Husband and wife Eddie Sutton (Russell Hornsby) and Jenn Sutton (Nicki Micheaux) show the truth strength of the Black family on the ABC Family series “Lincoln Heights.”
“Honestly, when the show first started I thought we were only going to be on for one season and be done,” says Hornsby. “Although this is my fifth series, I’d never had two seasons of anything so I just didn’t have that kind of confidence at the time. I’ve been proven wrong because the network believes in us.”
In “Lincoln Heights,” Hornsby, an Oakland native, plays the role of husband, father and police officer.
“The most important [thing] is to focus on the father’s relationship with his family, which oftentimes is so disjointed and broken because Black fathers are rarely portrayed in the home,” says Hornsby. “I hope that this show is setting a wonderful example for young Black women of what the possibilities are between a father and his daughter. If in some way Eddie Sutton serves as a surrogate for those young women who don’t have a relationship with their own fathers, then we’re doing a positive thing.”
Hornsby stars opposite actress Mena Suvari in the thriller film “Stuck.”
“I created that character based on the Cowardly Lion in `The Wizard of Oz,’ says Hornsby. “He’s a drug dealer in a White community and has all this false bravado, yet he’s tender and scared at his core.”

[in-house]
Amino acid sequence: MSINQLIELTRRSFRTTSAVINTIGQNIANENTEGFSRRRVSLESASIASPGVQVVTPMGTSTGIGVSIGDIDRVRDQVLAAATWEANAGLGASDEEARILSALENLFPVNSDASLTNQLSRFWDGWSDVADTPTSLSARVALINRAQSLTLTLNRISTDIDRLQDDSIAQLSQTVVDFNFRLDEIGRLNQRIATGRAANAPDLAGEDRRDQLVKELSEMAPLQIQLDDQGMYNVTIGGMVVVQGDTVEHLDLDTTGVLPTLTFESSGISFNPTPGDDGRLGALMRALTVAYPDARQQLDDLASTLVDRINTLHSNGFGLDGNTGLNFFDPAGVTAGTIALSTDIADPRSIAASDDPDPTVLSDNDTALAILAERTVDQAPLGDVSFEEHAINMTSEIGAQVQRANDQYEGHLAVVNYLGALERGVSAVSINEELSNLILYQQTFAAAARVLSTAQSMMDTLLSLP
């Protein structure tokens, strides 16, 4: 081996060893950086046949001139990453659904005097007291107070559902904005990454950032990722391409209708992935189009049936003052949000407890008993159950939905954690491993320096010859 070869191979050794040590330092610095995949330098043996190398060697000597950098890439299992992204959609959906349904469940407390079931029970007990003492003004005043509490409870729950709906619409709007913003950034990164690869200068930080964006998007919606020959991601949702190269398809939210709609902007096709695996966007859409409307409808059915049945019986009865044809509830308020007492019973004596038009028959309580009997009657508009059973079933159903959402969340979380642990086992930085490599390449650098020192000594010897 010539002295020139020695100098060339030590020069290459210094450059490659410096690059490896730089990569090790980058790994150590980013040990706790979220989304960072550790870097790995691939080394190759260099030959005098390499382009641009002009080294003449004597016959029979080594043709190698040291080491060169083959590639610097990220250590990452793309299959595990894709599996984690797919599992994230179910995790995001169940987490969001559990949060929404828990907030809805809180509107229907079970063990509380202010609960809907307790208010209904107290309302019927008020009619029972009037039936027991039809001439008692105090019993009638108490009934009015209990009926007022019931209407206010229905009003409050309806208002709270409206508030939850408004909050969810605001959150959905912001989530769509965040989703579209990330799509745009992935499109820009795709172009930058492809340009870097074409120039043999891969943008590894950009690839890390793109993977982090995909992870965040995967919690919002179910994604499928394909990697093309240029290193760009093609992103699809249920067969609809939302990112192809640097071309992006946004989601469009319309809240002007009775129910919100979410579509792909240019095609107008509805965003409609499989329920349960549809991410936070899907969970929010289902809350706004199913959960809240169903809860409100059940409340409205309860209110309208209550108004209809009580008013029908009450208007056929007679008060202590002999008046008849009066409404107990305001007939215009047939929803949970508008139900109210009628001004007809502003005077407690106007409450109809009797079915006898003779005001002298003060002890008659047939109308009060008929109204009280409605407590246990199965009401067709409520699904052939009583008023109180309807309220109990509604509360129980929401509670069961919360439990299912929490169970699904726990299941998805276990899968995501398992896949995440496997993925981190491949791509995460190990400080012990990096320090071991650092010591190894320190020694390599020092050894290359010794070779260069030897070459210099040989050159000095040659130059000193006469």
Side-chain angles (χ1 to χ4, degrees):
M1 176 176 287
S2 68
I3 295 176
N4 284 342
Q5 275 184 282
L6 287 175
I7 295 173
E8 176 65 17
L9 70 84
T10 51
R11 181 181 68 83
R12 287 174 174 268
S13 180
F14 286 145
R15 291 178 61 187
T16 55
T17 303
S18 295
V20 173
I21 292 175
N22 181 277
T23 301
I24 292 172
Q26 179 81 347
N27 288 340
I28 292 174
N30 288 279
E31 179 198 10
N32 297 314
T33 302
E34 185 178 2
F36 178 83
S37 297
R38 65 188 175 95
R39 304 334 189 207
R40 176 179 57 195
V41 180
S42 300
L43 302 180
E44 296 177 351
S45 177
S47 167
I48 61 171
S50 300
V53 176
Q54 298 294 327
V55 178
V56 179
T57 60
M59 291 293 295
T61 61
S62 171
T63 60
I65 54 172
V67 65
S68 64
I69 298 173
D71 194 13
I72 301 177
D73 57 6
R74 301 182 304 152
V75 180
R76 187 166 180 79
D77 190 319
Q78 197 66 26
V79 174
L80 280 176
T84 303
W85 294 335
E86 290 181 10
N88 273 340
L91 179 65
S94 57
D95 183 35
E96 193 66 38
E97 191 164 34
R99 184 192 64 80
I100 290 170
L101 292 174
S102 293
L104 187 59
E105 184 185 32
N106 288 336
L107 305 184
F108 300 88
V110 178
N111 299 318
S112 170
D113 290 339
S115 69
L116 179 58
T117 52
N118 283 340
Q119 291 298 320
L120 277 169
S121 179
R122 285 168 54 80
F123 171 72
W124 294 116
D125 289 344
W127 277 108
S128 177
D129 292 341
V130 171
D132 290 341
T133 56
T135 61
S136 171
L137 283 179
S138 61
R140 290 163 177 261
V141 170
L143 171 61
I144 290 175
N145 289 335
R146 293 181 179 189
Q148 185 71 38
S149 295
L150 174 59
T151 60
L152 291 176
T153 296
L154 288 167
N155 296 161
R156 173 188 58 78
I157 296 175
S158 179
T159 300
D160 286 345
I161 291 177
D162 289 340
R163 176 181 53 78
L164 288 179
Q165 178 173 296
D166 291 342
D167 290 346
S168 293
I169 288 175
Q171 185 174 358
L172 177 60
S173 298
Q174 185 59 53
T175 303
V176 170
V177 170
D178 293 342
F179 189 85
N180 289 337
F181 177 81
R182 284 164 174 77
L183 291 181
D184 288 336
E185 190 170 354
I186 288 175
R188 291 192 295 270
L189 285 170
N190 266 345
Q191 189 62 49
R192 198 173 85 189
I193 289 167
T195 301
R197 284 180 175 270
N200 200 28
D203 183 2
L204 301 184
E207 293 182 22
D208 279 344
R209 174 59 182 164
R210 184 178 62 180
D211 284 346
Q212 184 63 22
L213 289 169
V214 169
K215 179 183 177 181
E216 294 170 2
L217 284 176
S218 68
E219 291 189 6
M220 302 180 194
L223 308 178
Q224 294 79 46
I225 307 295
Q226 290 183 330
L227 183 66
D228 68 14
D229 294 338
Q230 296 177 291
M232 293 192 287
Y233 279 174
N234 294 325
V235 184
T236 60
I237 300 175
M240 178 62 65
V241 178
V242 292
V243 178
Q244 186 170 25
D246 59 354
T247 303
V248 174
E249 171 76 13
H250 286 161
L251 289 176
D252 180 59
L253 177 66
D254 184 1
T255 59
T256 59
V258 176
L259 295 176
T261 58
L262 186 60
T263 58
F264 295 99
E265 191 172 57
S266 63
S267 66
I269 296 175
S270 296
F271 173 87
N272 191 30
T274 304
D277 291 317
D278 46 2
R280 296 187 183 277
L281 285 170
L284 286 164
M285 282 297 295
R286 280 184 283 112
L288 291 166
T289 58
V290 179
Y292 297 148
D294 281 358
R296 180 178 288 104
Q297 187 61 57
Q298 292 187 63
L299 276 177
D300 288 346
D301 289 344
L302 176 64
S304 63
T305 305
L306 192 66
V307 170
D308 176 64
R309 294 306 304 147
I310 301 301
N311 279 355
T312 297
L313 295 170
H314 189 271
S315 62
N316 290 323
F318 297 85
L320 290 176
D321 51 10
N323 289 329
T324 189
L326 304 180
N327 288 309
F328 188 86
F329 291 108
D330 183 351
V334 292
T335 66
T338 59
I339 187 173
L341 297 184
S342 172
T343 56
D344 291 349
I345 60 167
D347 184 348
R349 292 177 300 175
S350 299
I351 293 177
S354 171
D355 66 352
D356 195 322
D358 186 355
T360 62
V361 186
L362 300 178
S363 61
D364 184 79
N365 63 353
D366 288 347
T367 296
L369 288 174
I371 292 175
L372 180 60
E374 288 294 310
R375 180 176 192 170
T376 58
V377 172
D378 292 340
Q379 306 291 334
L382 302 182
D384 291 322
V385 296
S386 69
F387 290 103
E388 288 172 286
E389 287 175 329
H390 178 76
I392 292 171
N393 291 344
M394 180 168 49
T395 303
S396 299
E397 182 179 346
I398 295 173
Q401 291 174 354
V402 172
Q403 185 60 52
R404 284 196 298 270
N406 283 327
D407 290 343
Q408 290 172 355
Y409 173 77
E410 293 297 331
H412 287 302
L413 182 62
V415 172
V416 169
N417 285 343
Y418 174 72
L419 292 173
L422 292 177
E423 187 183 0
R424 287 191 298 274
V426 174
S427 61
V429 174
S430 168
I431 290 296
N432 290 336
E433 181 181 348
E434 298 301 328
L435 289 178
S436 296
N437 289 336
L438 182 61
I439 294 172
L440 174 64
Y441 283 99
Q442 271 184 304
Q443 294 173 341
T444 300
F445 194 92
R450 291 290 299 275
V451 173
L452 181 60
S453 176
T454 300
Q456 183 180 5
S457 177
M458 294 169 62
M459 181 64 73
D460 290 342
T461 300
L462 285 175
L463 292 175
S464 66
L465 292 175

Hornsby has appeared in many featured films, including “Something New,” “Big Fat Liar” and “Get Rich or Die Tryin’.”
“As an artist, I have to tell the truth because I’m a vessel,” says Hornsby, “and my hunger and passion to tell these stories can’t be stifled or else that’s what eats away at you.”
Aside from “Lincoln Heights,” Hornsby has made his mark on television, appearing in popular series such as “Girlfriends,” “Grey’s Anatomy,” and “Law & Order: Special Victims Unit.”
“I’m speaking for those two who can’t speak on a national scale,” says Hornsby. “I’m telling the world that these people exist even though you walk by them every day. Those people matter—that’s what part of my job is.”
The stage actor received an Obie and Drama Desk Award for his role in “Jitney,” his off-Broadway debut.
“I don’t think Black people believe I am as soulful or conscious as I am,” says Hornsby, “because of my body of work, which has largely been mainstream television series. They have a different idea about me.”
Hornsby was not only a student of Boston University’s theater arts program, but attended Oxford University to study with the British Academy of Dramatic Arts.
“I have a theatrical background, and I love playing characters that go against the grain of who people believe that character to be,” says Hornsby. “Those are the characters that appeal to me most.”